Yet these scenes were the highlight of the episode, because the rest of the episode felt rather empty. There's a pleasure in the best episodes of this show, as all of the plot points click into place at the end, with a helpful flashback or two to let us know how Dan's been ahead of the bad guys all along, but here, there was just so much going on that the ending took on the labored feeling of a series of boxes on a checklist being checked off. The way that the story cut between Trejo and his pal, Wayne Knight and his pal, Jack and Dan, and all of the kids meant that individual story threads would disappear for long periods of time and then return abruptly. (Trejo, for instance, was offscreen for much of the episode's first half, despite appearing relatively early on.) When the kids returned to the storyline at the end, it wasn't with the triumphant feeling of everything clicking into place. It was with the sense that the writers felt the need to incorporate the kids somehow.

To some degree, I think the writers on the show overcomplicate their storylines. I don't mind a complicated story, but the elements of every episode here feel like busywork, more than anything suitably complex. The bad guys are rarely anything beyond garden variety bad guys, so hanging out with them is never as fun as hanging out with Dan and Jack (who are, in their own ways, developed characters), and when there are as many bad guys as this episode had, then there's less for the audience to hang its hat on. I understand that Whitford and Colin Hanks probably physically can't be in every scene of a demanding show like this one, but the constant cutting to the villains works less and less as the season goes on, particularly as every episode of the show feels closed off from every other one. (Someone in comments a couple of weeks ago was hoping the show would bring back some of the old villains, like the assassin from the pilot, and I agree completely.)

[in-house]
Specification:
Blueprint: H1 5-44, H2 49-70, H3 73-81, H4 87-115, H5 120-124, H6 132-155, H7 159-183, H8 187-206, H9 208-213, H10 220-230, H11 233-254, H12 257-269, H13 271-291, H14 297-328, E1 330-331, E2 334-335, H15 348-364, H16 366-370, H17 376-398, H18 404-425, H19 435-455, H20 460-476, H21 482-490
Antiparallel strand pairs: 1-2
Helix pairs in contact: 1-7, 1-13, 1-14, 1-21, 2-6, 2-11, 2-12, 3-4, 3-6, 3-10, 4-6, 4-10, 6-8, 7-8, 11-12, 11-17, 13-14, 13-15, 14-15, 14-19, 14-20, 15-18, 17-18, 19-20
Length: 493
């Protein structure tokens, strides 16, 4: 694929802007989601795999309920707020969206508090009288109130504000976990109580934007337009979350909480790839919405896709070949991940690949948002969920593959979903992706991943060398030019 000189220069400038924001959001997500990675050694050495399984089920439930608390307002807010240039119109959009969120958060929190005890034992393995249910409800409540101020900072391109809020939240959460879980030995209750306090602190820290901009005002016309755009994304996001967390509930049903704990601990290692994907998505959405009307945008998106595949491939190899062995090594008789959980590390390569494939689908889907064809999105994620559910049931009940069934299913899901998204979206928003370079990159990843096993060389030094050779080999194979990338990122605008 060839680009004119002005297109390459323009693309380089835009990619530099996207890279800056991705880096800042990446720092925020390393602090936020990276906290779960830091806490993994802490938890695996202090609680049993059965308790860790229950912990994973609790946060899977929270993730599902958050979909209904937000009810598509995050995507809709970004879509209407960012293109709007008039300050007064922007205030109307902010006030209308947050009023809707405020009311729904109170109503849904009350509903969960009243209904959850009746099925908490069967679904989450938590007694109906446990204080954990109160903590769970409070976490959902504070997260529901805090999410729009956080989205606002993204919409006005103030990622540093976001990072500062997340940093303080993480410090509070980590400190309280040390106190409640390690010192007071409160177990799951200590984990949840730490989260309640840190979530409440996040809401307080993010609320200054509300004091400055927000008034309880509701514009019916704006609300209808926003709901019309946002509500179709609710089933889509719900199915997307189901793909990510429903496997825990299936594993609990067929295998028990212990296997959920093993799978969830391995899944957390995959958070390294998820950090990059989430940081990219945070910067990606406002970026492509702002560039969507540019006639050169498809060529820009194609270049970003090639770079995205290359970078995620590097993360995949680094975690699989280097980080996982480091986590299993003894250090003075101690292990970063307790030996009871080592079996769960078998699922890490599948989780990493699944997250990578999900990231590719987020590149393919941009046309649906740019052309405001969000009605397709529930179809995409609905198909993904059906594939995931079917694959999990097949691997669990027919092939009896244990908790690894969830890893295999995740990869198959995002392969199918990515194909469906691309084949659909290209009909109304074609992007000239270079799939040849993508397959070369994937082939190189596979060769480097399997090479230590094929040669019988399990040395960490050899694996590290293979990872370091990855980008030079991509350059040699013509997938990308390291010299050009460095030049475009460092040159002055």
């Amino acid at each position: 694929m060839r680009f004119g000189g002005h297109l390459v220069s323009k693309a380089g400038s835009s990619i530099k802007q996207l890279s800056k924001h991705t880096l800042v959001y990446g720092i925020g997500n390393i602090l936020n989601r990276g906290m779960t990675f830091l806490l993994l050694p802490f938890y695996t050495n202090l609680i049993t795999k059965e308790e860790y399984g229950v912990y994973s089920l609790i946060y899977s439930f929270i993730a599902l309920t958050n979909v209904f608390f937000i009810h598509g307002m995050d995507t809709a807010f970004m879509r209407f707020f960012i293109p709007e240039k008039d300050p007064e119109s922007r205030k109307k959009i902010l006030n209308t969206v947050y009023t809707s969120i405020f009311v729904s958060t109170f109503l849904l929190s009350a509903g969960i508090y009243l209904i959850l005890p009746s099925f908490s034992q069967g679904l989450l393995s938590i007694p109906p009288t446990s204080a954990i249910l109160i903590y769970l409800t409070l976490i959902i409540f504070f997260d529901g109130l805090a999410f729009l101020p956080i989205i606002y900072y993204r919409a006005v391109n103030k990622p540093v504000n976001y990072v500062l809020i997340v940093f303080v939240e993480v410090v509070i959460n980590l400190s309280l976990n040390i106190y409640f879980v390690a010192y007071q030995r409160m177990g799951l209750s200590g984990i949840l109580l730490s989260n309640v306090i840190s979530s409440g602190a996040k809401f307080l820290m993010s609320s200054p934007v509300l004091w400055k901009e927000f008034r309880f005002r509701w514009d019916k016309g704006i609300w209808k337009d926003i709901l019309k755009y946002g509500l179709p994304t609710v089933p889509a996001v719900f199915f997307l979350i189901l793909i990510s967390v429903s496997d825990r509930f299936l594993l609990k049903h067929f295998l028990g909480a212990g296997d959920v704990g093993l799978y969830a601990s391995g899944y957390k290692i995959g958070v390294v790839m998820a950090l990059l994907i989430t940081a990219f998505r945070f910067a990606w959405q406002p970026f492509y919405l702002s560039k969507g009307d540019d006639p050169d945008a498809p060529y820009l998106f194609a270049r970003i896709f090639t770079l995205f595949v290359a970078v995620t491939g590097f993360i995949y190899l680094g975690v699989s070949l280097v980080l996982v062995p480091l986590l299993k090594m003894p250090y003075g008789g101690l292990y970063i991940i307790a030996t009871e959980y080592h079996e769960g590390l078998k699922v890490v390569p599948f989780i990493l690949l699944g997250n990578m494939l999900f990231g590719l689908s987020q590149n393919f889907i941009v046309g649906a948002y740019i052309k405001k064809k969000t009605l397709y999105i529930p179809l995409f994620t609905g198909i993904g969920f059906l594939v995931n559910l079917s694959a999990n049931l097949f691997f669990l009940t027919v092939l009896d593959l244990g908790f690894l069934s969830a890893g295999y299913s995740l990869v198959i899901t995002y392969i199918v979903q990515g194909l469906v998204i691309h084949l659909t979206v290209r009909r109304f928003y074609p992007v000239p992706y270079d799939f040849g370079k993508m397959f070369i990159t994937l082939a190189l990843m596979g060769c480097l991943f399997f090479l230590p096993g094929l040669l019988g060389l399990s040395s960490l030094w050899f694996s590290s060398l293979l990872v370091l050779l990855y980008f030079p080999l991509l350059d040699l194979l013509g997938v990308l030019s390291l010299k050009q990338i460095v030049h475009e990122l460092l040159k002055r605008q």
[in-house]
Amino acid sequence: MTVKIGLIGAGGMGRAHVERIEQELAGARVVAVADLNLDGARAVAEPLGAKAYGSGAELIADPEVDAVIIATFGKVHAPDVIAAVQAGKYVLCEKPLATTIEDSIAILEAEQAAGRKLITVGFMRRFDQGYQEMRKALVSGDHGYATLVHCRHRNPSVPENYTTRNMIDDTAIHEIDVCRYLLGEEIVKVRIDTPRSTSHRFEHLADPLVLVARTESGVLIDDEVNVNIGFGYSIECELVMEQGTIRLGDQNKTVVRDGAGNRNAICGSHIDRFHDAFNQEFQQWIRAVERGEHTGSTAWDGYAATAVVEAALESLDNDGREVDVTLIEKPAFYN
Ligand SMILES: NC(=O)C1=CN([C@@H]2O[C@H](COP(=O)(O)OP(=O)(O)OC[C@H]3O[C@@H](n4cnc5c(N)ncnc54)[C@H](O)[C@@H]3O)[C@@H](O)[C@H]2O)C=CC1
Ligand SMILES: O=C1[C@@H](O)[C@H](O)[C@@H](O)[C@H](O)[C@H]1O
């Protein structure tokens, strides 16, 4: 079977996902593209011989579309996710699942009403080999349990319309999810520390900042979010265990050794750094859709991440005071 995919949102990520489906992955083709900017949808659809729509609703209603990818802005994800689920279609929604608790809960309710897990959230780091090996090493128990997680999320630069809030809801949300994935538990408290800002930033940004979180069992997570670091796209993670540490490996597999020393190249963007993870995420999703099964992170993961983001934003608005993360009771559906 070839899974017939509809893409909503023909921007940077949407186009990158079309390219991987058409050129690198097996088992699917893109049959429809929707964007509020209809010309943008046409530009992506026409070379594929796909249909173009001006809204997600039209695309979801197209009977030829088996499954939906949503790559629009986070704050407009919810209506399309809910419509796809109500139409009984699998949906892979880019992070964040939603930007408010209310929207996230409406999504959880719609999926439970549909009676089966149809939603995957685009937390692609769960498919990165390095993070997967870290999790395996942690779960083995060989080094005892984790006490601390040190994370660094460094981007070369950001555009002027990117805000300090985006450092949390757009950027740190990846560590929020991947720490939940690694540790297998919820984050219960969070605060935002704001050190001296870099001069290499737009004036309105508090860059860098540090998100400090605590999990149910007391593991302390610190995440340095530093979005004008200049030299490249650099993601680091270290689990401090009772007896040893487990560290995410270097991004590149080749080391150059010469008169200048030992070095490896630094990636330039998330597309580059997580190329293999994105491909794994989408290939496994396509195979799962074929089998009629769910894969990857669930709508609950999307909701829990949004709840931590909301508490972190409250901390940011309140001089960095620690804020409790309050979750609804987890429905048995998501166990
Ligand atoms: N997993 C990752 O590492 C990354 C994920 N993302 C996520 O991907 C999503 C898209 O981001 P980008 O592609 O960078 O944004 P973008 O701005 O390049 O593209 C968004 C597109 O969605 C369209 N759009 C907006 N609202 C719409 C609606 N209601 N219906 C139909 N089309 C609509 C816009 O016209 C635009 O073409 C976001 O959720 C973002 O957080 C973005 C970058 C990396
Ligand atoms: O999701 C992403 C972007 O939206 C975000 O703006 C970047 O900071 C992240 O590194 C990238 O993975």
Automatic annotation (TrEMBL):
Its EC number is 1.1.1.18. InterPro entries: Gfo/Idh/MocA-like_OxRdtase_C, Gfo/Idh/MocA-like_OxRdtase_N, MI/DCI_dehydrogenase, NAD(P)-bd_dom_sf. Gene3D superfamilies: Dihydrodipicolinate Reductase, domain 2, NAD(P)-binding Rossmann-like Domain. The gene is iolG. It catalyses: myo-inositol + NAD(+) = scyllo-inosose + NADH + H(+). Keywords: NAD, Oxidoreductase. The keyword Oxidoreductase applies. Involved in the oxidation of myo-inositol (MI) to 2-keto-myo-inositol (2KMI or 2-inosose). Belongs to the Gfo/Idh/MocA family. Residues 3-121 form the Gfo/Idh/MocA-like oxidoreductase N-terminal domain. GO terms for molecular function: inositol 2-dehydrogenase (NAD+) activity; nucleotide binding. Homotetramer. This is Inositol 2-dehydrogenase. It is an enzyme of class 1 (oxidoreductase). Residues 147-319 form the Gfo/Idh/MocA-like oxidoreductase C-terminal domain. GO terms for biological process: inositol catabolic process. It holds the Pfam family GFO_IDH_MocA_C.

All of this is just a long way of saying that "Little Things" was all right, but it didn't make me laugh all that much. I smiled at a couple of the lines - particularly as Whitford delivered them - but the episode felt like it was rushing from place to place and struggling to incorporate the kids into every plot point that it could. This had the effect of making everything feel hurried, and hurrying things along is often the antithesis of comedy on an old-fashioned show like this. I realize that The Good Guys is trying out some new things to see what works, but I do hope that the show doesn't take too many lessons from "Little Things."

Stray observations:

  • Next week's episode, however, can't miss. Gary Cole as Dan's old partner? That's almost solely the reason I'm still covering this show.
  • The attempt to make Jack's inability to deal with the kids be part of some larger storyline about how someday, he's not sure if he wants to have kids was a pretty lame way to make the episode feel like it had some sort of emotional hook.
  • Wayne Knight is a funny, funny man. Why doesn't he do more TV? TV, cast Wayne Knight more!
  • Little touch I liked: The on-screen text being replaced by childish scribbles when the kid was taking notes on the crime.
  • "Being a cop is just like being a kid, except the guns are real, the cars are fast, and you get paid to do it."
  • "Unlawful violence to a bike."
  • "The guy knocked over a kid's bike. I think the time for being polite is over."
  • "You scratch my back, I eat your cheese, maybe sleep in your bed."